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what vitamins do chinchillas need / do chinchillas need supplements / chinchilla supplementation / chinchilla vitamins / chinchilla minerals / chinchilla nutrients / nutrition / deficiency /

Chinchilla supplementation is a sore point for many owners. Many say it’s not necessary as a chinchilla’s diet should provide suitable nutrition, while other owners say they’ve seen positive outcomes from supplements. So what’s the truth?

Do chinchillas need vitamins and minerals? They do: they need minerals like calcium, phosphorus and sodium for optimal health. They also need vitamins, such as B vitamins, vitamin E and vitamin A. Chinchillas do not need supplements and should get every nutrient they need from a fresh hay + hay pellet diet. If you think your chinchilla has any deficiency, talk with a vet.

But what are a chinchilla’s nutritional needs, exactly? How much calcium and how much of each vitamin do they need? The guide below gives every stat and figure you want, each from reputable scientific sources, so you can give your chinchilla the best possible diet.


Do Chinchillas Need Vitamins & Minerals?

Vitamins and minerals are necessary for an animal’s body to function.

Sodium, for example, regulates how much water can get in and out of animal cells, and to keep nerves/muscles functioning properly. Calcium is essential for the skeletal system. A minimum amount of each is required, while too much (an ‘overdose’) of particular nutrients can also have negative effects.

Chinchillas are no different to other animals in that they need vitamins and minerals to survive. Because they have been kept both as lab animals and farm animals, several studies have been conducted into the chinchilla’s vitamin/mineral requirements. These studies can help you create the ideal diet for your pet.

Can Chinchillas Be Vitamin Deficient or Mineral Deficient?

Deficiency is simply lacking a certain nutrient. A deficiency can be partial, where your chinchilla is lacking some of a nutrient, or complete, where your chinchilla is getting none of a nutrient it needs. Since chinchillas do need certain vitamins and minerals, it is possible for them to be deficient.

This is highly unlikely, though, except in very select circumstances. That’s because hay and hay pellets typically contain everything that a chinchilla needs. It’s therefore highly unlikely for your chinchilla to be deficient in any vitamin or mineral. The only micronutrient that chinchillas become deficient in with any frequency is calcium, since timothy hay doesn’t have quite enough, but this can be easily remedied.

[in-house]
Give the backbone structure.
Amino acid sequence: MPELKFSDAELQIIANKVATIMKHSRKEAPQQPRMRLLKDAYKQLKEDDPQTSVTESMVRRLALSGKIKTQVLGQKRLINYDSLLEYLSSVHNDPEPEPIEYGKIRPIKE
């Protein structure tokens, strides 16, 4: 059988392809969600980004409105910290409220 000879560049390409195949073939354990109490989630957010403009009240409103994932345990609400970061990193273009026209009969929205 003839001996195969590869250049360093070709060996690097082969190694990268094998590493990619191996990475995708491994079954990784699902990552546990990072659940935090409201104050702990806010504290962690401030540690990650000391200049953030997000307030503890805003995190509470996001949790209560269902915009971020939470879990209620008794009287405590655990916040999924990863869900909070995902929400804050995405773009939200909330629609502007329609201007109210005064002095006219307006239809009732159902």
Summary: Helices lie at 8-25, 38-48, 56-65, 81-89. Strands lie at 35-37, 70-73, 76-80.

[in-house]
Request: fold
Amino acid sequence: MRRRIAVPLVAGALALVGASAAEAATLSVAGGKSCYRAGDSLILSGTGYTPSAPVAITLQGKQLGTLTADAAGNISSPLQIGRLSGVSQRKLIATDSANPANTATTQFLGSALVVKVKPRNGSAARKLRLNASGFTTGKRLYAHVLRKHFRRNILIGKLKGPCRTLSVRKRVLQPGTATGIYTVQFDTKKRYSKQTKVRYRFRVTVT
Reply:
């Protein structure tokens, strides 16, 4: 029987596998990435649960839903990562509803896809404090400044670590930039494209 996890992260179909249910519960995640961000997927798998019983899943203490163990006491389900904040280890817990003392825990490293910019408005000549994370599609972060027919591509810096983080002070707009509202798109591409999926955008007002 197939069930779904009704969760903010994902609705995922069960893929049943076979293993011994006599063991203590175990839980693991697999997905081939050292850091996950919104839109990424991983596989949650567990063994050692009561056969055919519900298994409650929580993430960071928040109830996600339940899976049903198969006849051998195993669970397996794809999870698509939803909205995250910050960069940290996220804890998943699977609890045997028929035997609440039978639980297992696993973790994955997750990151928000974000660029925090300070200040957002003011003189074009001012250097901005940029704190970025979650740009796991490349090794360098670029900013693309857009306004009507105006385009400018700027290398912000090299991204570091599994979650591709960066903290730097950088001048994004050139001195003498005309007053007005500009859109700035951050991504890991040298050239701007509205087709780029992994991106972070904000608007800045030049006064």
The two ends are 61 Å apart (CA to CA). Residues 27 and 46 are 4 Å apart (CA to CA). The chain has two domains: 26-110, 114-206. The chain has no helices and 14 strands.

It’s also possible to have an excess of a vitamin: the opposite of being deficient. When this happens, the body can react badly e.g. by forming a kidney stone. The side-effects of having too much of a vitamin or mineral can be just as bad as lacking it. You therefore have to know exactly what a chinchilla needs, and how to give it to it in its diet.

What Vitamins Do Chinchillas Need?

 

Do Chinchillas Need Vitamin C?

Vitamin C is easily the best-known vitamin. Also known as ascorbic acid, vitamin C is a water soluble vitamin which acts as an antioxidant, protecting the body from free radicals. But what stands out if you study animal nutrition is that not all animals need to consume vitamin C in the same way that we do.

That’s because almost all animals apart from apes can make their own vitamin C from glucose. The only animal other than apes that can’t do this is the guinea pig; this is interesting, because the guinea pig and chinchilla are both rodents from South America, so share a relatively recent evolutionary lineage.

One early study published in the Journal of Nutrition looked generally at what nutrients chinchillas need. Alongside the rest of their findings, they stated that ‘ascorbic acid does not appear to be a dietary essential for this species’. That’s because the scientists fed the chinchillas four different diets without vitamin C in them, and they seemed to experience no ill effects.